News
Headlines > News Briefing: from Britain and Ireland

08 March 2018

News Briefing: from Britain and Ireland


News Briefing: from Britain and Ireland

A majority of Catholic women surveyed for a new study on women in ministry on the island of Ireland expressed the view that systemic sexism or overt misogyny exist in the Church. 

The study, by the Catholic theologian Anne Francis (pictured), involved 29 women of different Christian denominations working in ministry in Northern Ireland and the Republic. The Catholic women were involved in roles such as parish leader, spiritual accompaniment and school chaplaincy. While the great majority of Catholic women expressed appreciation for their ordained colleagues, many described the behaviour of some clergy as “domineering, disrespectful and unreflexive”.

 

Holy sites appeal to Israel

The Archbishop of Westminster, Cardinal Vincent Nichols, and the Archbishop of Canterbury, Justin Welby, have called on the Israeli Government to protect the status quo at the holy sites in Jerusalem as a matter of urgency. In a joint letter to the Israeli Ambassador in London, Mark Regev, the two expressed “deep concern at the events unfolding in Jerusalem of unprecedented, punitive and discriminatory taxation of Christian institutions.” Their letter follows a decision of faith leaders to temporarily close the Church of the Holy Sepulchre in protest over a tax on church properties as well as new legislation that would allow the government to claim land sold by the Church.

 

Child migration apology

Bishop Marcus Stock, vice chair of the National Catholic Safeguarding Commission, has apologised to all those involved in the British Government’s post-Second World War migration programmes as children. The Independent Inquiry into Child Sexual Abuse, in its first report, said that survivors should receive compensation from the Government. The Catholic Church and charities sent about 4,000 children abroad from 1945 onwards. Bishop Stock, who gave evidence to the inquiry, said: “If any former child migrant, not only those who have testified before this inquiry, would wish to meet with me privately, I would welcome the opportunity to do so. I appreciate that some may feel that these apologies and regrets are too little, too late and for others they may not wish to have anything further to do with the Catholic Church. I would fully respect those views, but I remain open to listening and learning from them.”

 

Former Archbishop of Canterbury Lord Williams of Oystermouth is among 70 signatories to a letter sent to the Daily Telegraph calling for the “faith cap” on schools to remain in place. The current policy prevents new faith-based free schools admitting more than 50 per cent of their intake on the basis of religion. A group of faith leaders, politicians and academics, including the prominent atheists Professor Richard Dawkins and the Chief Executive of Humanists UK, Andrew Copson, said lifting the cap would be “deleterious to social cohesion and respect”. The Catholic Education Service said Catholic schools were “the most socially and ethnically diverse schools in the country”.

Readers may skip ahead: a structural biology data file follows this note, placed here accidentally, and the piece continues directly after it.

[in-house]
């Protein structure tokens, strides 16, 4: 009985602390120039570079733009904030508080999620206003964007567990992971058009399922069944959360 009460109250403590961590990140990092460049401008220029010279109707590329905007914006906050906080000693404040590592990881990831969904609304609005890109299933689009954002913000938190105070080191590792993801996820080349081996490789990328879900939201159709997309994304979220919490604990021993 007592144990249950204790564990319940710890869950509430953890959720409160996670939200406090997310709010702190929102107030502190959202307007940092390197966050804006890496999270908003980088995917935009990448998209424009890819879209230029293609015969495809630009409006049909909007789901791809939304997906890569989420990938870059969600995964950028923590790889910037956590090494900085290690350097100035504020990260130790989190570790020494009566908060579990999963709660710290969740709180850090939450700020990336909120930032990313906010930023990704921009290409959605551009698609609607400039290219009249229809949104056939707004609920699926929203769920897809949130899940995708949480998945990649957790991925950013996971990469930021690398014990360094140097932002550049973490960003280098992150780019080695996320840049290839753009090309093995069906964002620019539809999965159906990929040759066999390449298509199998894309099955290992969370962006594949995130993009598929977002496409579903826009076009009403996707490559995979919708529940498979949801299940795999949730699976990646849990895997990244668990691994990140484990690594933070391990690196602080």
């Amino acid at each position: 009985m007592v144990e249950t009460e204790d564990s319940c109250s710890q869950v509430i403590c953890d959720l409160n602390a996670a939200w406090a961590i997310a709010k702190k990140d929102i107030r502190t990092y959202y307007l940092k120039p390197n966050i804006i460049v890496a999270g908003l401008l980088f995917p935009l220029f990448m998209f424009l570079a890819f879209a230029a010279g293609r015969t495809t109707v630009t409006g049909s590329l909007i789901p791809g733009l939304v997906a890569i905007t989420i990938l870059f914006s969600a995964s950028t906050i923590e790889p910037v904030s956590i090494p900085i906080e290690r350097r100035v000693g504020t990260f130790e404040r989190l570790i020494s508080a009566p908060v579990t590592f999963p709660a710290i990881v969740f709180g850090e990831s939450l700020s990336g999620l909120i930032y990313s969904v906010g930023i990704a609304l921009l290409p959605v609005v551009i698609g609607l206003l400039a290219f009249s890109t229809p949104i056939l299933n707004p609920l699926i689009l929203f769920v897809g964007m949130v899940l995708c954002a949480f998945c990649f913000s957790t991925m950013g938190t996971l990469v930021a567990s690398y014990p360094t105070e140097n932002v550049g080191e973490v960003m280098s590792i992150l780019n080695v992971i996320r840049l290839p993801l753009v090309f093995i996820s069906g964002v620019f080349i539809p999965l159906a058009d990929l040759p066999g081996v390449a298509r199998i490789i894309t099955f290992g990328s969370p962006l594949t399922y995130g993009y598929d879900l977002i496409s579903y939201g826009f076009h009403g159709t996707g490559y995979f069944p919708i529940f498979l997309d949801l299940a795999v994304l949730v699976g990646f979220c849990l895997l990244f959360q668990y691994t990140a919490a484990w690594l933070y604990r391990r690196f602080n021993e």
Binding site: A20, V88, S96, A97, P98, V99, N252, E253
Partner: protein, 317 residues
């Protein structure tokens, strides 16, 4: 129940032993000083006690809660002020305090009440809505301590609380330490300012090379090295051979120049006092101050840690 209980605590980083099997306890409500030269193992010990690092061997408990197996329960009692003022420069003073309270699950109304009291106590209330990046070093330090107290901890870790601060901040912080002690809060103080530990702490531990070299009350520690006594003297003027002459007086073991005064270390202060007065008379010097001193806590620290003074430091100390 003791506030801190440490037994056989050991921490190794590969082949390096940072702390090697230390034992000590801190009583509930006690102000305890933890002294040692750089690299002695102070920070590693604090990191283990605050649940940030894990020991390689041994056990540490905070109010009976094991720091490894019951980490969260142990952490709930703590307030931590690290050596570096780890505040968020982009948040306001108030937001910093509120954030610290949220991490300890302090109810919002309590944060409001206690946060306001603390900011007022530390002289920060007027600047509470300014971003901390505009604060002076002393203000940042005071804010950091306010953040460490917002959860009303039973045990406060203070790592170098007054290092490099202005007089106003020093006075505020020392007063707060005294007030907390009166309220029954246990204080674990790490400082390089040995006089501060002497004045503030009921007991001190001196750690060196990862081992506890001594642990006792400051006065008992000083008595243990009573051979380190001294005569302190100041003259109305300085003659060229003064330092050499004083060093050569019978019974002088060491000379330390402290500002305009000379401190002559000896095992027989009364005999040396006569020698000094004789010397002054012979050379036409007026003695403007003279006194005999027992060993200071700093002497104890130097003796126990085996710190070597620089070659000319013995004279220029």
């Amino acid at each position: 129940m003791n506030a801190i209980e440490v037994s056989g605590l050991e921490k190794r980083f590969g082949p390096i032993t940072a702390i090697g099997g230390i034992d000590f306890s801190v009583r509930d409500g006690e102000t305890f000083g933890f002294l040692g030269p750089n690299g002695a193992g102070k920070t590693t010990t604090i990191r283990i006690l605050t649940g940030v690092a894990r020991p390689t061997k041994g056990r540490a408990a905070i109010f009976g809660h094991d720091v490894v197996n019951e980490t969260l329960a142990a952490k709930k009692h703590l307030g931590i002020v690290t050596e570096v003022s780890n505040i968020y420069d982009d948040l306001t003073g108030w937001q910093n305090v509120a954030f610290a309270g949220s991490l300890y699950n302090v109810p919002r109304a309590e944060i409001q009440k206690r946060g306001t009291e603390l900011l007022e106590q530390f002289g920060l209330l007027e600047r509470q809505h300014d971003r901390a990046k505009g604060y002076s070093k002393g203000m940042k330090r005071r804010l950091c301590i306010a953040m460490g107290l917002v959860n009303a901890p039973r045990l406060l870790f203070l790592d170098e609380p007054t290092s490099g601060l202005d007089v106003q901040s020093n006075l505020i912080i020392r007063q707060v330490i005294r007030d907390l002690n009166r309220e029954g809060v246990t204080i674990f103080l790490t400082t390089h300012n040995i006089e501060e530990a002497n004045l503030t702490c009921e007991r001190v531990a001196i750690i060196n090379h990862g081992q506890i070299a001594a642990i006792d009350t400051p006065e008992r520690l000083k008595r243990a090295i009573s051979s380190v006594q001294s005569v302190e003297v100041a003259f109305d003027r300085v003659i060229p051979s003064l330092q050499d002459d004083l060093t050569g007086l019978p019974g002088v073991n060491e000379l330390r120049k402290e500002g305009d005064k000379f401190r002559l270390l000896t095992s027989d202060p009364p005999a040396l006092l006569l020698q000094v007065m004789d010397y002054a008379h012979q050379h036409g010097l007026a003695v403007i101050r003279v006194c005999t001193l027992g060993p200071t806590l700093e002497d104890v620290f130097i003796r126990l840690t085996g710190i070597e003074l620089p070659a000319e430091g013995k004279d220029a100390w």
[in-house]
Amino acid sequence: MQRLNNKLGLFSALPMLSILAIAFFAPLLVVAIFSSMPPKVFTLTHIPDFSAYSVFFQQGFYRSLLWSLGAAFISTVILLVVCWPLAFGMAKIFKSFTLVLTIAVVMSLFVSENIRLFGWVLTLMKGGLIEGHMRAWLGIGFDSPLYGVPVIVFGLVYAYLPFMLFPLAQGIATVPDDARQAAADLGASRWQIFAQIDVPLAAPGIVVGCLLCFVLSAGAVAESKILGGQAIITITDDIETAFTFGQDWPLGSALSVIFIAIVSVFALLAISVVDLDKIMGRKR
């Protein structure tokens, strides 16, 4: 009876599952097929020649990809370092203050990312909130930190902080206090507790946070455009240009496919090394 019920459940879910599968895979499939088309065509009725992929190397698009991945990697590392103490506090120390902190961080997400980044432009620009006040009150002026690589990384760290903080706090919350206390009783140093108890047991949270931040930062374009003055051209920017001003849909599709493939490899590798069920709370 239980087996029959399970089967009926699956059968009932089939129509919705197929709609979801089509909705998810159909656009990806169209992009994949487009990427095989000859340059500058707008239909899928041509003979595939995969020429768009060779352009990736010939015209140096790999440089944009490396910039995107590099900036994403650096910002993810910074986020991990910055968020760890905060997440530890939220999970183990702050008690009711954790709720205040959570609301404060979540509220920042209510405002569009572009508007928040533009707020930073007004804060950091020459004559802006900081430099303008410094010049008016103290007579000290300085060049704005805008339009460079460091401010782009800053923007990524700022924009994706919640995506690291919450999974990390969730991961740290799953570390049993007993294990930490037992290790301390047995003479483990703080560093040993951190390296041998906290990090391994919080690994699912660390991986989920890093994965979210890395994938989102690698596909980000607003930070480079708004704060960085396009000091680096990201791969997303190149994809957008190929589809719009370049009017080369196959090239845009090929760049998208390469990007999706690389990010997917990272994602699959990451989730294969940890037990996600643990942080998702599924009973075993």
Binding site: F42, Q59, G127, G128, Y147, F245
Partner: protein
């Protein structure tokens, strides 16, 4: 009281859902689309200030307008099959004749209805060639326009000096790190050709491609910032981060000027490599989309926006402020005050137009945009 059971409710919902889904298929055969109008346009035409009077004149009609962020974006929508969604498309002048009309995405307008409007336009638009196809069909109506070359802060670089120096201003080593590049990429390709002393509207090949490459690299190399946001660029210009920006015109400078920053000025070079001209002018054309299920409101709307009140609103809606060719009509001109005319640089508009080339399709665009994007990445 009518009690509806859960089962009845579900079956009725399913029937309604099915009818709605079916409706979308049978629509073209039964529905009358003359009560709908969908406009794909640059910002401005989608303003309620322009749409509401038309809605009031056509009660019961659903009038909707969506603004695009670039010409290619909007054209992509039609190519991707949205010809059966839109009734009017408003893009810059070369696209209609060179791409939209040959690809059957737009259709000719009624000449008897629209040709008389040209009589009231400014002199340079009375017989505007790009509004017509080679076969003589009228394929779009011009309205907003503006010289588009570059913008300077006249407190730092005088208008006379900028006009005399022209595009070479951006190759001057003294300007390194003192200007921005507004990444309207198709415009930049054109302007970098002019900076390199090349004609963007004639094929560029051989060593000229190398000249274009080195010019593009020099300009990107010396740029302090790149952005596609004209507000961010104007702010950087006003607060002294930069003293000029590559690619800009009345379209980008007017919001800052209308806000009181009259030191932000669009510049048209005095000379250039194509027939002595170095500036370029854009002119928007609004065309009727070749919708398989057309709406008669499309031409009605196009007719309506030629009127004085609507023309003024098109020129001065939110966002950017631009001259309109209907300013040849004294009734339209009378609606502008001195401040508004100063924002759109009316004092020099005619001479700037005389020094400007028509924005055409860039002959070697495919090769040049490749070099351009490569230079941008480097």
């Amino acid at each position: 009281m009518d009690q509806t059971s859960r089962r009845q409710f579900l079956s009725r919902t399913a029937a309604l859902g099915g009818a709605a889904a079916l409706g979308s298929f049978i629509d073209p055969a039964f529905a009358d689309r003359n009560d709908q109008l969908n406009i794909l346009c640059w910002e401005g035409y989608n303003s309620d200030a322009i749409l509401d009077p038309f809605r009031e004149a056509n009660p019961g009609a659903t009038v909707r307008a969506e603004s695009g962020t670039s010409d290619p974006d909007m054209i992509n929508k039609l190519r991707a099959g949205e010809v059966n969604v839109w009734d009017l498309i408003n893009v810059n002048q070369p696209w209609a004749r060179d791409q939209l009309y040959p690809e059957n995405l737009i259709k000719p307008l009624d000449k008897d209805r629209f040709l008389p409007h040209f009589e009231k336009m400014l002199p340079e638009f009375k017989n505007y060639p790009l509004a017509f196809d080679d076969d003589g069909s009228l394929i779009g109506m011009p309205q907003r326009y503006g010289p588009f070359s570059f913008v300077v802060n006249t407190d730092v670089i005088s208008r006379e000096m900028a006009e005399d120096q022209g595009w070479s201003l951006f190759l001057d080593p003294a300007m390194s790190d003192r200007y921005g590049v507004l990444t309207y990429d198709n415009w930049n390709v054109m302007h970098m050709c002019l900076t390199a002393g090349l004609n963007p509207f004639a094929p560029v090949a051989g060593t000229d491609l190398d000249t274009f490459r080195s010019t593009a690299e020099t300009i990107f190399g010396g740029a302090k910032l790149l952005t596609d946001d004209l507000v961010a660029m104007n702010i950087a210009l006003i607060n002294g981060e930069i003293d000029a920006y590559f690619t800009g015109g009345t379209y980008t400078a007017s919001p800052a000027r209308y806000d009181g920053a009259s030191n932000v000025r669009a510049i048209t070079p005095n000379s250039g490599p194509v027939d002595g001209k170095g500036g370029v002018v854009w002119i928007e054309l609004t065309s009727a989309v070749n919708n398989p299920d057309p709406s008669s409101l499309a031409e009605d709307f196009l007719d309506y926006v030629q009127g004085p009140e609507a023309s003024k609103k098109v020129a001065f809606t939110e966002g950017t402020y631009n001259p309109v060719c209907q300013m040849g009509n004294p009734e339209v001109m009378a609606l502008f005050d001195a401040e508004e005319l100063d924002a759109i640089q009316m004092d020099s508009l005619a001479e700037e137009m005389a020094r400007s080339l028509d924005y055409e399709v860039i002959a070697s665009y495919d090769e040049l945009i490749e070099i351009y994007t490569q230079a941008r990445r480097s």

Abortion time-limit debate call

The Conservative Party’s vice-chair for women, Maria Caulfield MP, has called for a debate on reducing the 24-week time limit for women to receive legal abortions. Ms Caulfield, a former nurse who is a member of the all-party parliamentary pro-life group, told The House magazine: “We’re up to 24 weeks; in most parts of Europe it’s 15, 16 weeks. With medical advances, we’ve got babies born now at 18, 19 weeks.”

 

A majority of Catholic women surveyed for a new study on women in ministry on the island of Ireland expressed the view that systemic sexism or overt misogyny exist in the Church. 

The study, by the Catholic theologian Anne Francis (pictured), involved 29 women of different Christian denominations working in ministry in Northern Ireland and the Republic. The Catholic women were involved in roles such as parish leader, spiritual accompaniment and school chaplaincy. While the great majority of Catholic women expressed appreciation for their ordained colleagues, many described the behaviour of some clergy as “domineering, disrespectful and unreflexive”.

 

Cardinal Vincent Nichols was this week holding a second round of discussions with young people ahead of October’s synod in Rome on the topic of “Young People, the Faith and Vocational Discernment.” At the first such gathering last week, Cardinal Nichols invited those present to become “digital disciples” and use their social media skills to start conversations with other young people.

Over the next fortnight, Auxiliary Bishops John Sherrington and Nicholas Hudson will also be meeting young people. A youth worker for Glasgow archdiocese, who is attending a pre-synod Vatican meeting of young people later this month, has said that young people are “leaving the Church in droves for all the wrong reasons”. Sean Deighan, 23, told the Scottish Catholic Observer: “They are leaving because of what they think the Church is and not the reality.”





Share this story

Article List


Newsletter

Sign up for our newsletter

Sign Up

Latest Issue
Digital/PDF Version

PDF version (iPad-friendly)

Previous Issues
Tablet Subscription

Manage my subcription here

Manage
Top